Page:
No attempt at explaining the details of this story can possibly convey the nightmare Deidra Lewis discovered on a West Texas farm earlier in April. But the fact remains that 19 bags of dead dog carcasses were found strewn about the property, along with bleached bones and other animal parts.
Lewis, who runs the West Texas Diamonds in the Ruff shelter, received a tip from someone who first recognized dog bones at Pleasant Farms, according to News West 9. All together, 21 dogs were found dead.
“You thought you’ve seen the [worst] only to drive up on a dead animal dumping ground with carcasses all around you, a random paw scattered here or there. And you think to yourself, ‘what type of society do we live in?'” she posted to Facebook.
The Ector County sheriff’s office was notified, but it is unknown what results any investigation will bring, as Lewis says dumping dead dogs is not uncommon in the county.
While the shock and sorrow Lewis must carry from finding such a mass grave of dogs may last some time, the fact that she found three female dogs at the site and was able to rescue them and clean them up provides a ray of hope.
“We had opted to focus on what we knew would come out of the discovery and that is 3 very much alive, scared, and traumatized little girls,” West Texas Diamonds in the Ruff posted on April 15. “I know these pictures don’t generate the shock and awww factor but they should be the focus in my opinion. These girls need a foster or adopters and they need vet care started. They are shy and it will take a little time for them to come around but through the cowering heads their tails are wagging.”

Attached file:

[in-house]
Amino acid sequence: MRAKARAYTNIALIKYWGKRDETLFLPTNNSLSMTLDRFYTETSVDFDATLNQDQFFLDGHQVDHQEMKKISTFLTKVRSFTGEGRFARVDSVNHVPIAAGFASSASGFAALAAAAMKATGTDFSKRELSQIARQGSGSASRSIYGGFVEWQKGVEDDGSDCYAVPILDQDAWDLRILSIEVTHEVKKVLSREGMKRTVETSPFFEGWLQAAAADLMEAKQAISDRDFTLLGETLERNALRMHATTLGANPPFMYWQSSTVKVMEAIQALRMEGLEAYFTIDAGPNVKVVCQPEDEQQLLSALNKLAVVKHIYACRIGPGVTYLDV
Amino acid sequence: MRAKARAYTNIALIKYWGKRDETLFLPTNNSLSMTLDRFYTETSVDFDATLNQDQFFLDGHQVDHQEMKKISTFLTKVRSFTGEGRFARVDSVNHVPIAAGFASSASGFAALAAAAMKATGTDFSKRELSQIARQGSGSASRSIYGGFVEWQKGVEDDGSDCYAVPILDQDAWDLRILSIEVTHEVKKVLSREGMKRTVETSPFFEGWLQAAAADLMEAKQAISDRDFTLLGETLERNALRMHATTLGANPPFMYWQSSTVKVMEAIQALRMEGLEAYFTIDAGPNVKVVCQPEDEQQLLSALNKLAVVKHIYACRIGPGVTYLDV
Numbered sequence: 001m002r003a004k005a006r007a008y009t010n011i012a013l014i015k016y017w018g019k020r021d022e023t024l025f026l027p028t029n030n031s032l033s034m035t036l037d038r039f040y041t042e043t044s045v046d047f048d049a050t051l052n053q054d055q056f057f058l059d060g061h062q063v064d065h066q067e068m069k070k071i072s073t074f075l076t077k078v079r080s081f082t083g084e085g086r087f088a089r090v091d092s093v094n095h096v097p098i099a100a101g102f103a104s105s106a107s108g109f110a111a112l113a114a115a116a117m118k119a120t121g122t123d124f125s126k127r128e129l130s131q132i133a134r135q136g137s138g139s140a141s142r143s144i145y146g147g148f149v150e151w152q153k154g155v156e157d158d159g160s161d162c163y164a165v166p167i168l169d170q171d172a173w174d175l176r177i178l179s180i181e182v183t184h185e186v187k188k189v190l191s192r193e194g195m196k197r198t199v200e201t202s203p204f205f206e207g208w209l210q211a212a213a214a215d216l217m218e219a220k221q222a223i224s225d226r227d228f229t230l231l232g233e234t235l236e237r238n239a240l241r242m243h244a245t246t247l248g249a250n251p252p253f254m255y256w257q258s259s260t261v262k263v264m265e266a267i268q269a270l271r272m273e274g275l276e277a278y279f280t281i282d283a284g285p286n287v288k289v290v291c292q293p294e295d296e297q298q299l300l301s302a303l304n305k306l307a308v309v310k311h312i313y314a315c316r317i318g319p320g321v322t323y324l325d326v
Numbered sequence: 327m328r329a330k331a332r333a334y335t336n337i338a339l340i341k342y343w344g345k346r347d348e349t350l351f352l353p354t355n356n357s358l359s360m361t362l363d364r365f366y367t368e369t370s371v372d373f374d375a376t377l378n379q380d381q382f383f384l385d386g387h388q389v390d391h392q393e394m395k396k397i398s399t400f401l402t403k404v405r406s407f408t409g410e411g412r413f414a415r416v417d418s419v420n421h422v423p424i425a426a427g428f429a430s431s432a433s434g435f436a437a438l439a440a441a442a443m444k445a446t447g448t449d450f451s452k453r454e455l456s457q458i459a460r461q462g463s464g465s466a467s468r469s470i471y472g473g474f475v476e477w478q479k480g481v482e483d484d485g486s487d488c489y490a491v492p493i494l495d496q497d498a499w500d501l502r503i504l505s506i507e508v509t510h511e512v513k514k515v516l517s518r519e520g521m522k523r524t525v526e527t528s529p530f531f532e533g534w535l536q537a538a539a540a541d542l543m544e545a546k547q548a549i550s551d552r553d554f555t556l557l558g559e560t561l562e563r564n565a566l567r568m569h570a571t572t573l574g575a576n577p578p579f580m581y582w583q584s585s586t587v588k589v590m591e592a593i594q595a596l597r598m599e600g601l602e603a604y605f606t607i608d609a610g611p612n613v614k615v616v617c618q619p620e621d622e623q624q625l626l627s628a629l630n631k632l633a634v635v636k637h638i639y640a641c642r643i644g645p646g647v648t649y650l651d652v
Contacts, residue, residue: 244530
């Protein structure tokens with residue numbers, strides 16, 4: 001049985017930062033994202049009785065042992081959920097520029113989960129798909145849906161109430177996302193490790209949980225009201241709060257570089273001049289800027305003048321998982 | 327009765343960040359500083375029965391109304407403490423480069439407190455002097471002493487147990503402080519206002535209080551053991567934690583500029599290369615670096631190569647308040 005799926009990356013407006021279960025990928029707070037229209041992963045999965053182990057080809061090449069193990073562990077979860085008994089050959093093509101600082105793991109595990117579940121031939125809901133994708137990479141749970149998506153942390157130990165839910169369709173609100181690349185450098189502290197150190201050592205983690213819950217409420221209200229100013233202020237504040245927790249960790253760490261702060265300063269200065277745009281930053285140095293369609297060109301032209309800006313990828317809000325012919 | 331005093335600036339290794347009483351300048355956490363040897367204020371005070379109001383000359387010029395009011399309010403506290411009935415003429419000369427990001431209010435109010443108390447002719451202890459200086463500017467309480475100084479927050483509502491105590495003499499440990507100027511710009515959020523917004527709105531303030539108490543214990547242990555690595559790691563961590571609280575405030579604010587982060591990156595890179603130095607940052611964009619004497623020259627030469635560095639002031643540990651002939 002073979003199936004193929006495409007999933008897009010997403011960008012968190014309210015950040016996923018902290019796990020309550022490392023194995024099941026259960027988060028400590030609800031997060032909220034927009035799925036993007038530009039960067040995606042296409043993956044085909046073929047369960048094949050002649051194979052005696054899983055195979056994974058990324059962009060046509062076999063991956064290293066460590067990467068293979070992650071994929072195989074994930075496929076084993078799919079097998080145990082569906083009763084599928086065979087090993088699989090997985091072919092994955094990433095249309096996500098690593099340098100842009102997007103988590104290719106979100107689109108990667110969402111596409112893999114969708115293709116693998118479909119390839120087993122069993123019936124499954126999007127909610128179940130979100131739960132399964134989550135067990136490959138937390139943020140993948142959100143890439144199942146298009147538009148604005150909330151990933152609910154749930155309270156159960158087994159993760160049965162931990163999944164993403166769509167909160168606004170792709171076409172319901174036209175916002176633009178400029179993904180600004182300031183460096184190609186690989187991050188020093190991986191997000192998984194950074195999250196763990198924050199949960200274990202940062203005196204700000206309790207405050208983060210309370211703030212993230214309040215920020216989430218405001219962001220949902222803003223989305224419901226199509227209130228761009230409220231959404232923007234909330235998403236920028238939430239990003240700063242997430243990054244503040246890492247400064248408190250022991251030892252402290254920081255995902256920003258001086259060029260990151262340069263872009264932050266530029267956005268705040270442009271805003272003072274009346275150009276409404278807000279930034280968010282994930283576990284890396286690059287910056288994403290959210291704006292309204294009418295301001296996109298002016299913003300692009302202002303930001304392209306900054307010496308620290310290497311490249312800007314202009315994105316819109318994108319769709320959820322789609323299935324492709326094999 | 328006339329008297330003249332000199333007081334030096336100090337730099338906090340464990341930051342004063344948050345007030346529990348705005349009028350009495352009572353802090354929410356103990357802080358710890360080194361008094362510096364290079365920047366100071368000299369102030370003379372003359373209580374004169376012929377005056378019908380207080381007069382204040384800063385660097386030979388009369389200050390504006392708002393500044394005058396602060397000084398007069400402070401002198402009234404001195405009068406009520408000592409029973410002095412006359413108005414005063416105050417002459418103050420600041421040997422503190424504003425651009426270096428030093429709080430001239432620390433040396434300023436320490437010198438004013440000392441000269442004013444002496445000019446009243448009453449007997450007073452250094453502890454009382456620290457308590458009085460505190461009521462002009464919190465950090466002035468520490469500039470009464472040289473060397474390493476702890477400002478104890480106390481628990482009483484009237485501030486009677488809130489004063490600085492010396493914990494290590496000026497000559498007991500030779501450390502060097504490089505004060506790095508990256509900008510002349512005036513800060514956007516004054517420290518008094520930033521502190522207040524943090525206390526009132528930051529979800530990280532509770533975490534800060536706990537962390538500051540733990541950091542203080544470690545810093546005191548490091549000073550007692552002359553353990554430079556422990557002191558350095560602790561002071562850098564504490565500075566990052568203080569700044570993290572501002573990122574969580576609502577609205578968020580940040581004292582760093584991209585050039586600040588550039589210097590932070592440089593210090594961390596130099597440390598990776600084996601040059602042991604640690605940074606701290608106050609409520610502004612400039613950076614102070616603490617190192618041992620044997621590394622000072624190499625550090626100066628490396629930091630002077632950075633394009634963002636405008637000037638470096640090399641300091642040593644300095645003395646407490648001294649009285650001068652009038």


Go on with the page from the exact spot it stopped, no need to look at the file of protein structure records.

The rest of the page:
Lewis is focusing on the positive, as well as solutions to the problem, and emphasizing that pet owners should spay and neuter their animals to prevent unwanted litters. The horror of discovering a trove of dead dogs is unspeakably grim, but incidents like this happen in more professional settings as well. Perfectly healthy dogs are euthanized behind closed doors due to overbreeding or simply for convenience, without any attempt to rehome.
A number of efforts are underway to put an end to the practice of convenience euthanasia, and with your help we can send a message to the top veterinarian policymakers, asking them to amend their standards when dealing with people asking to have their pets put down. Click the button below and make difference!
Matthew Russell is a West Michigan native and with a background in journalism, data analysis, cartography and design thinking. He likes to learn new things and solve old problems whenever possible, and enjoys bicycling, going to the dog park, spending time with his daughter, and coffee.
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